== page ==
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Book Review: Fifty Shades of Grey


Chick-lit style writing, inexhaustible S&M scenes, and pink frosting romance run rampant across the pages of E.L. James' Fifty Shades of Grey. The book is classified as erotic fiction with the word "erotic" used in the loosest form. If erotic passages are meant to provoke a nearly impossible mishmash of skepticism, squirming, and inadvertant hilarity then by all means, Fifty Shades of Grey is the most errotic novel ever written. Frankly, prior tp reading this book, I was unaware that it was at all possible to wince, chuckle, and grind my teeth in the same instance, but be sure that it is.

With a name plucked straight from a sugarplum dream world gone raunchy, Anastasia Steele is the 21-year-old narrator who is said to have never before experienced sex or even sexual desire-that is, until she meets wealthy and suave Christian Grey. Steele is inadvertantly swept off her feet by Grey and thrust into a world of bondage, whips, and chains. A world dominated by the underlying theme of his desperate need for power and control.

Christian Grey is a man of extreme extravagance, power and an insatiable appetite for dominating women. Grey is self-described as "fifty shades of messed up" (edited for offensive content). This is a mild description of his domineering persona that has resulted from an atrocious childhood and a long-standing, inappropriate affair.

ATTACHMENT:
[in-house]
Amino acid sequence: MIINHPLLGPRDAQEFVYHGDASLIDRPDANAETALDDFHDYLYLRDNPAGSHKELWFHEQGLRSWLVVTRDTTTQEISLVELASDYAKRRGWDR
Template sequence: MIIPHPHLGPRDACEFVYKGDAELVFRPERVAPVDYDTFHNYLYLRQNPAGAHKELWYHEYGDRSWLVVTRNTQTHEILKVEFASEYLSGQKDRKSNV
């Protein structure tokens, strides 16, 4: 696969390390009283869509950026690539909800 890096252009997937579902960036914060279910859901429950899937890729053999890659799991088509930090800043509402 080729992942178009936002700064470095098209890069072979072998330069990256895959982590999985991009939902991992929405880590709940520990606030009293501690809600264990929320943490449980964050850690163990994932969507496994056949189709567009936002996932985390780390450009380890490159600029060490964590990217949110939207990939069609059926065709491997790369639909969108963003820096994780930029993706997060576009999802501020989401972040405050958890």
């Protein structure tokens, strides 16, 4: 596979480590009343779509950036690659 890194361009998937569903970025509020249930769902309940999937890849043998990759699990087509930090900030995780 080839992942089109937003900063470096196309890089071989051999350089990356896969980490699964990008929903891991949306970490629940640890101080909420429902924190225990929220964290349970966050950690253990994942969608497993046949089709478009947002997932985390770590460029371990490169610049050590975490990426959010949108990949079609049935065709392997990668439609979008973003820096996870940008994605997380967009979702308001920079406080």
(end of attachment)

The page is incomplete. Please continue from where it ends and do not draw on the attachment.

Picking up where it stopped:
Ana, as Anastasia most commonly refers to herself, is depicted as a naive, submissive young woman who is lacking in the area of sexual experiences. This lack of depth into the basic human condition is a telling aspect of the book. What college pubescent has never experienced sexual desire? Or, if they haven't, it's likely a pervasive aspect of their personality and sexuality, not something that could be miraculously quelled by meeting a man like Grey.

Typically, dysfunctional myths young girls are so prone to believe are abundant throughout the novel. Perhaps the most annoying is the ever present "I can change him" myth. Even worse than that is the "If I do whatever he wants, he'll surely love me" myth that makes a peek-a-boo appearance in nearly every chapter. The frequent usage of these myths is designed to draw in the female audience, as these feelings are somewhat universal today.

Perhaps the only negative aspect of the novel is that the plot mirrors that of the Twilight saga. Fifty Shades can accurately be described as Edward and Bella meet Rihanna's S&M.

Despite rumors of an offensively sexual plot, a truly gratifying story is hidden behind the whips, chains and floggers wielded by the dominant Christian Grey. The first in a series of three books, Fifty Shades of Grey tops the list as a must-read for anyone daring enough to take it on.

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